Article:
During the 1200s, the western powers underwent a time of division and intrigue. Various factors contributed to the weakened state of the western civilizations, however the greatest of these was likely the invasion of the Golden Hoard. Genghis Khan led the Mongolian armies from the east west across Asia and Eastern Europe. They pillaged and burned as they went. The Mongolian Empire was among the largest empires in history.
Taken from http://www.southernupland.com/apps/photos/photo?photoid=36817759
They owed their success in at least some part to their bows and the skilled archers who used them.
What makes a Mongolian bow special is that it is designed with birch wood, bone, and sinew in order to take the best properties of the three and combine them into a single effective piece. The recurve design gives the bow power in a shorter frame than a longbow would have. And the size of these bows means that they could be fired from horseback effectively. This allowed the Mongols to employ Parthian tactics (they would ride away from pursuit, firing arrows back at their foes). This also allowed the Golden Hordes to avoid most direct engagements. They could quickly move away from armed enemies and pick them off skirmish style.
While there is a great deal of myth surrounding the Mongols and their weapons, there is some question as to how realistic even some modern articles are about the capabilities of the Mongolian bows.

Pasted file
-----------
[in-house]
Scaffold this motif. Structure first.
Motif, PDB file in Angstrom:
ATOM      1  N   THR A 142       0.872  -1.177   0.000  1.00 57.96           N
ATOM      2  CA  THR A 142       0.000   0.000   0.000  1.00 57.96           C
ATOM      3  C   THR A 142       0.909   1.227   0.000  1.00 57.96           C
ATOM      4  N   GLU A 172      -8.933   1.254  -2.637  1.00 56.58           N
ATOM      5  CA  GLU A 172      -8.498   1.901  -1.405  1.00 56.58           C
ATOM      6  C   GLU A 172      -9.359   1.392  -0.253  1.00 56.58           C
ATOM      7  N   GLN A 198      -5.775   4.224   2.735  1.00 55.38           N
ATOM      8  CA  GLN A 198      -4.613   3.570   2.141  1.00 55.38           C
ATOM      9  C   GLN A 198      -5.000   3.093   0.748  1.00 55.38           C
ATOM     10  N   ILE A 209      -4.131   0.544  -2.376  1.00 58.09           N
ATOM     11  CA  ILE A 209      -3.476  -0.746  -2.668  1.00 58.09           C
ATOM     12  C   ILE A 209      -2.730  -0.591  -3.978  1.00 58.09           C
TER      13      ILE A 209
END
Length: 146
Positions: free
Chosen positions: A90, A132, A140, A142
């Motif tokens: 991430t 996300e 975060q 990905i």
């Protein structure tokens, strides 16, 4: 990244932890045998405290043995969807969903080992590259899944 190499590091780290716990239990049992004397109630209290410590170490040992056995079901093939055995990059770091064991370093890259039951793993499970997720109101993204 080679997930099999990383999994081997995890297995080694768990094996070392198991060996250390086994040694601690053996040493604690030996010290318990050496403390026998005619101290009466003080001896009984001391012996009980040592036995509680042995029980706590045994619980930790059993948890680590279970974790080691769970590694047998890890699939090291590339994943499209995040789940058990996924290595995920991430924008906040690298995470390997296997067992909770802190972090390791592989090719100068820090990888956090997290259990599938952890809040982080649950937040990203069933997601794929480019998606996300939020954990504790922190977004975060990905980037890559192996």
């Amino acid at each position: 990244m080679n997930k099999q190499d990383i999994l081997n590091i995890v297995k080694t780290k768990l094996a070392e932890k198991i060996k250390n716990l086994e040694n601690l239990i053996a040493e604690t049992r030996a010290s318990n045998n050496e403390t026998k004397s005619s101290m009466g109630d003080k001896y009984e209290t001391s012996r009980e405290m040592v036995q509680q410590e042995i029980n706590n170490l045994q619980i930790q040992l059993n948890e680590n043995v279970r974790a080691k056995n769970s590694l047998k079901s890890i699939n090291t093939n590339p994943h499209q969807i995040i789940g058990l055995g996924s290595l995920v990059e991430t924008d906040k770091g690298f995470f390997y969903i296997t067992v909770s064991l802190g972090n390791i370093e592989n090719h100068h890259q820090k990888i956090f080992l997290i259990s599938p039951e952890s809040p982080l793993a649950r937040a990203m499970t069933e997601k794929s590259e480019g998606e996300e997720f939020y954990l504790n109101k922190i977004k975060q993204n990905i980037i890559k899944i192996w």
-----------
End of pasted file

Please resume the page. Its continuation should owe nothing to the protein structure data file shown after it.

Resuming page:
For instance, some authors claim that the bows had well over a hundred pound draw weight and could fire arrows nearly a quarter of a mile with accuracy. However, modern archers do not use wooden arrows with bows of such high draw weights because the forces involve cause the arrows to flex and shatter, often injuring the archer when they do.
There is also a competitive tradition among scholars of archery to choose favorites between longbows and Mongolian bows and to argue that one is superior to the other. This discussion is usually heated, and both sides make apparently outlandish claims. This could be brought about because of the old stories which surround both the old British and old Mongol cultures. Western examples are familiar and come to mind: Robin Hood and his Merry Men, as opposed to the riders of the Golden Horde.
Both cultures used archery and bowyery to great effect in establishing themselves as strong world powers.
The creation of Damascus steel blades in the middle east was a phenomenon that begun to take place somewhere between the 300s BC and and the crusades when these blades began to become the legend that they are today. They are known to be durable, shatter resistant blades which can hold a fine edge under very adverse conditions.
However, in the mid 1700s, the art was lost to metalsmiths, likely because of the fact that the secret of creating such blades was carefully guarded by the craftsmen who made them. There is much speculation about the chemical processes used in the creation of such blades, but while modern science can create very near matches, there is still some question about how such precise metallurgy could happen so early in history.